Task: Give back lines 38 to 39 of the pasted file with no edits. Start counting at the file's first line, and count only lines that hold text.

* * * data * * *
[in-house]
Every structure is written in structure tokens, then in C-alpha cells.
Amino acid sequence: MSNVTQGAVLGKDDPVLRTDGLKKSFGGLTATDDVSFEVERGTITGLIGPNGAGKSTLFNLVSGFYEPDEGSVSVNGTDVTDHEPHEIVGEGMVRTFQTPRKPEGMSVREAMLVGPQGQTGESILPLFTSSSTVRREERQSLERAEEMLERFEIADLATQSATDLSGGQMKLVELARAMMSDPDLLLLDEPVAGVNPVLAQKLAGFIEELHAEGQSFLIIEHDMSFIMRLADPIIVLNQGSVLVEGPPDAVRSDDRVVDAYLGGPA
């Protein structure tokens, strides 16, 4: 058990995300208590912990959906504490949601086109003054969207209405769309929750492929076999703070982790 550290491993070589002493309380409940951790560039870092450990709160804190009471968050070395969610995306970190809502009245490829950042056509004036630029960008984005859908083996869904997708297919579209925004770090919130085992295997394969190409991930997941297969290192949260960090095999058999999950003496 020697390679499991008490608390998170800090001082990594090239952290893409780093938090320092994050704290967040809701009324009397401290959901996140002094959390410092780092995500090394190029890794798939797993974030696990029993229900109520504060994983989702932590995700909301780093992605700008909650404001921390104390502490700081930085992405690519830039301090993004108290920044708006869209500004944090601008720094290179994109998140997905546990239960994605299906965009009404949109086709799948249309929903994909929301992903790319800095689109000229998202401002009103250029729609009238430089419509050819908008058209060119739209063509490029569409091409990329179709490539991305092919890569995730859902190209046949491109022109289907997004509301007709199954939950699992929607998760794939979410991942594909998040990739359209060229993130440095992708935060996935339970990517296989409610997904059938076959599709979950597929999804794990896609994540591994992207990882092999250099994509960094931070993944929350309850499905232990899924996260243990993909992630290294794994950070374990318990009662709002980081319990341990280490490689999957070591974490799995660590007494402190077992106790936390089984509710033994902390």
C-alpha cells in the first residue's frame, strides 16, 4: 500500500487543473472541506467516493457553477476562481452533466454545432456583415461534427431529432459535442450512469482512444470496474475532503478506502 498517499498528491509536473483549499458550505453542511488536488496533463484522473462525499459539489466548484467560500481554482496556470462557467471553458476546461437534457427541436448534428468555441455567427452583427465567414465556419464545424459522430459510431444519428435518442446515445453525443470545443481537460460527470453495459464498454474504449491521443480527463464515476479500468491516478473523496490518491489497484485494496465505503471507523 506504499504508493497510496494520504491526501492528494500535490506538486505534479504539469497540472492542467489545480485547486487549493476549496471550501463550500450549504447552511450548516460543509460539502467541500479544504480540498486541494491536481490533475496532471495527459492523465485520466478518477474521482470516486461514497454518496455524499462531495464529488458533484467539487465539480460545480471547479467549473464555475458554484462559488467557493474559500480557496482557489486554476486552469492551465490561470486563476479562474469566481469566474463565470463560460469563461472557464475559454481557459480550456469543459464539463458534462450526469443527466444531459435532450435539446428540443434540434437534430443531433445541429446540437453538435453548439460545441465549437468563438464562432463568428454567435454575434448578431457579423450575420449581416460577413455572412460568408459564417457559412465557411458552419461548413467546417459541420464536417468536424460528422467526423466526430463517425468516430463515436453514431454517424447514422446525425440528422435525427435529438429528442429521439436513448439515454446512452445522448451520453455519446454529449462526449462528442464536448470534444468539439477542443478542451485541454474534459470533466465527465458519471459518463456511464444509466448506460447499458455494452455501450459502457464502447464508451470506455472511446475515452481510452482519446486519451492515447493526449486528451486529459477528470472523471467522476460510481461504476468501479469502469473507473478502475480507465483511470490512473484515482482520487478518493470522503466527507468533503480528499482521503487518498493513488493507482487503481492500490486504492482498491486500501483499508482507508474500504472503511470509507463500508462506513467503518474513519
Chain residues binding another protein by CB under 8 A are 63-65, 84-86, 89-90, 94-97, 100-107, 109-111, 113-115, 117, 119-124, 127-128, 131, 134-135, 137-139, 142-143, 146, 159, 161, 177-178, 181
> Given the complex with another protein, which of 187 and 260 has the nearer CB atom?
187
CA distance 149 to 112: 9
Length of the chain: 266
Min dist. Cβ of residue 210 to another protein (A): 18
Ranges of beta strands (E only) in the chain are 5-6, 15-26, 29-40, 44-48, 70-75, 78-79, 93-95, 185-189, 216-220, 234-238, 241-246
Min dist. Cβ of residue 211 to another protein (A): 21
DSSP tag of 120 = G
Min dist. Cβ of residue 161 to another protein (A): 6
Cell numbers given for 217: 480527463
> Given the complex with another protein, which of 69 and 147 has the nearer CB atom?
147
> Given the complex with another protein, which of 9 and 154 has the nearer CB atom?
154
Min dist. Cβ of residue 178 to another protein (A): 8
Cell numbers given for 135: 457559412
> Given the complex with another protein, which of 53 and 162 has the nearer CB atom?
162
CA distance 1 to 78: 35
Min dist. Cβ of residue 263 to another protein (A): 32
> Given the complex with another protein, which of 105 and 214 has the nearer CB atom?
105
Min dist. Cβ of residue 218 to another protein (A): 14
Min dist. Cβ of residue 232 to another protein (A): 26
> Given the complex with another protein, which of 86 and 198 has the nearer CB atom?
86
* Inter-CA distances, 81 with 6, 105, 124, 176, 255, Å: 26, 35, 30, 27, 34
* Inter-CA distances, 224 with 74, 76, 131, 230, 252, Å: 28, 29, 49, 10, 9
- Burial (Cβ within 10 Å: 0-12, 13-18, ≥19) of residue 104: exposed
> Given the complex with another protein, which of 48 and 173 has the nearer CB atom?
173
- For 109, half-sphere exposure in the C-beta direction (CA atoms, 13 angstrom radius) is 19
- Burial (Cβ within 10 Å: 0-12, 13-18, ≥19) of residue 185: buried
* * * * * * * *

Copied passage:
- For 109, half-sphere exposure in the C-beta direction (CA atoms, 13 angstrom radius) is 19
- Burial (Cβ within 10 Å: 0-12, 13-18, ≥19) of residue 185: buried